Banks too big to fail: Should they be propped up, or split up?
How can the U.S. solve its systemic banking issues? If you're former Federal Reserve Chairman Paul Volcker (pictured) or Bank of England Governor Mervyn King, your answer would be: Let's split up the banks. Volcker would like to see some form of a Glass-Steagall-like bill passed to reconstruct the wall between commercial banking and investment banking. Glass-Steagall, a law passed after the Great Depression, was repealed in 1999.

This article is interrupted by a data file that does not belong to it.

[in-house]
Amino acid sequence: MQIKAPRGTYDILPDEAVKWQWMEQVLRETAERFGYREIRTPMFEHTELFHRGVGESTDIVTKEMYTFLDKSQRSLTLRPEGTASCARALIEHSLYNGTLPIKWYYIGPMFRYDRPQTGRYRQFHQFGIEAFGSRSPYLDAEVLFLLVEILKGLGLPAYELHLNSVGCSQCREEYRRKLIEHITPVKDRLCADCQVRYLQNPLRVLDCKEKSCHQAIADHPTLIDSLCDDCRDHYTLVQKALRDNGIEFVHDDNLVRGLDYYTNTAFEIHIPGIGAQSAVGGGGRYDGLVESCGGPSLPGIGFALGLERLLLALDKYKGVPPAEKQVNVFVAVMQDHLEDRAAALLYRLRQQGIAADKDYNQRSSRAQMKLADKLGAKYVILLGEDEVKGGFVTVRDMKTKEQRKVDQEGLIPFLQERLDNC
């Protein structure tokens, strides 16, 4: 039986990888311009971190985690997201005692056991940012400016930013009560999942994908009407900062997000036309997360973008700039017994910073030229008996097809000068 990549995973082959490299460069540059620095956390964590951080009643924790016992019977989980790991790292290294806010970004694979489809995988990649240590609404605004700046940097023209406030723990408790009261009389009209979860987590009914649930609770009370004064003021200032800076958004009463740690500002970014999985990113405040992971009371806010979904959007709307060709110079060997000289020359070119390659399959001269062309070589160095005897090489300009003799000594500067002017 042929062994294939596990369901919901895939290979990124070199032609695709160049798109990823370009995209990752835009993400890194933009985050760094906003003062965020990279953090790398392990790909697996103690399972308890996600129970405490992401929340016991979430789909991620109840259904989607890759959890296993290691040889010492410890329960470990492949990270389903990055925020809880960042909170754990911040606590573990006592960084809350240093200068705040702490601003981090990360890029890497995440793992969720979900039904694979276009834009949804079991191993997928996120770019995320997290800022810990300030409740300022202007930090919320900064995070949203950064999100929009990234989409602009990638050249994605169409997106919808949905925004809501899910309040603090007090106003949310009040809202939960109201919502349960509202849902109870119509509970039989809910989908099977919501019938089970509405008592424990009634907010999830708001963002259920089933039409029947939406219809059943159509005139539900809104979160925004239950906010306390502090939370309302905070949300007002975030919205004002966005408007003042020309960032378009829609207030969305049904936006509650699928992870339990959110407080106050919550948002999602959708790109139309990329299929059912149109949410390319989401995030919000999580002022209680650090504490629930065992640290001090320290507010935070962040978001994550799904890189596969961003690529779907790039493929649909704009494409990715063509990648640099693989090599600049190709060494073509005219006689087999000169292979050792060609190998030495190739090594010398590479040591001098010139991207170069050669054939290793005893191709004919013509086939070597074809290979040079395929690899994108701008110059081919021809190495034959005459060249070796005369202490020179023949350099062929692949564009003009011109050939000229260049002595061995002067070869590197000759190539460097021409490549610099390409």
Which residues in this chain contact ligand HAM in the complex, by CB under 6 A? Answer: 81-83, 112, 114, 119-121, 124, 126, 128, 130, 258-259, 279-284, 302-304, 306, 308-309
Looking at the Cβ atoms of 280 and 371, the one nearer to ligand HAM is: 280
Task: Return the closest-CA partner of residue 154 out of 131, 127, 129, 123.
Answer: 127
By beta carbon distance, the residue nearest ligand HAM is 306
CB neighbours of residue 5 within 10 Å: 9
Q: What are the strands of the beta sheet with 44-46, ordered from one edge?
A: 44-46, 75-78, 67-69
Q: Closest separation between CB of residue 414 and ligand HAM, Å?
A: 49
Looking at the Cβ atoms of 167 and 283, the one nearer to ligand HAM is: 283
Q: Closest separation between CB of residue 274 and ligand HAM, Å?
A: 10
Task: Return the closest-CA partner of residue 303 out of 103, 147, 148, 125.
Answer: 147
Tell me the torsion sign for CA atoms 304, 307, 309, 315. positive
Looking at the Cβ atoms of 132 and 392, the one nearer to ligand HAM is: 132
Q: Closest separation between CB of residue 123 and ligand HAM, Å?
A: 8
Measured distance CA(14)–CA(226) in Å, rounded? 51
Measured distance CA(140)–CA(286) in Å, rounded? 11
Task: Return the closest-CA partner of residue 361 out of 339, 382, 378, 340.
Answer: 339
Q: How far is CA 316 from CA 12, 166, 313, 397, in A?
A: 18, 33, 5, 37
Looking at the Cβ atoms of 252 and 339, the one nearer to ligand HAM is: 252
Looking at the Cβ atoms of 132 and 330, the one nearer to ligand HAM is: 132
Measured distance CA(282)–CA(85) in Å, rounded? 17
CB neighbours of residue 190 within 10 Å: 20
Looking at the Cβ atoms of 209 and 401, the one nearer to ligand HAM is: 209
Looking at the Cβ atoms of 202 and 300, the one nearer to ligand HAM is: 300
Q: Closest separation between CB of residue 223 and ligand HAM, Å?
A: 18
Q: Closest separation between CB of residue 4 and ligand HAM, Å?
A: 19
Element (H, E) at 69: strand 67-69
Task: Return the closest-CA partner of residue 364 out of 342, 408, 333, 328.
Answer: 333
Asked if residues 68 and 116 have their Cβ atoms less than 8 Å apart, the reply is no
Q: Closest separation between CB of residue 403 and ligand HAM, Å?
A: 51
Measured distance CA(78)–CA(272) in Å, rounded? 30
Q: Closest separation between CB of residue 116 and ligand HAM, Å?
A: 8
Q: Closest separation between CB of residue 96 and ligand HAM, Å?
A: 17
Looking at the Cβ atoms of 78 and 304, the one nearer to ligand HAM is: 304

But from actions they've taken, it appears that others, including current Fed Chairman Ben Bernanke and current Treasury Secretary Timothy Geithner, think propping up the largest banks is the best way to go. In fact, they clearly like to see big banks getting bigger. John Mack, CEO of Morgan Stanley (MS), has spoken of the pressure he faced from Bernanke and Geithner to merge Morgan Stanley with JPMorgan Chase (JPM) during the depths of last year's crisis. Bank of America's (BAC) tale of woe regarding how it was pressured to acquire Merrill Lynch is very similar in tone.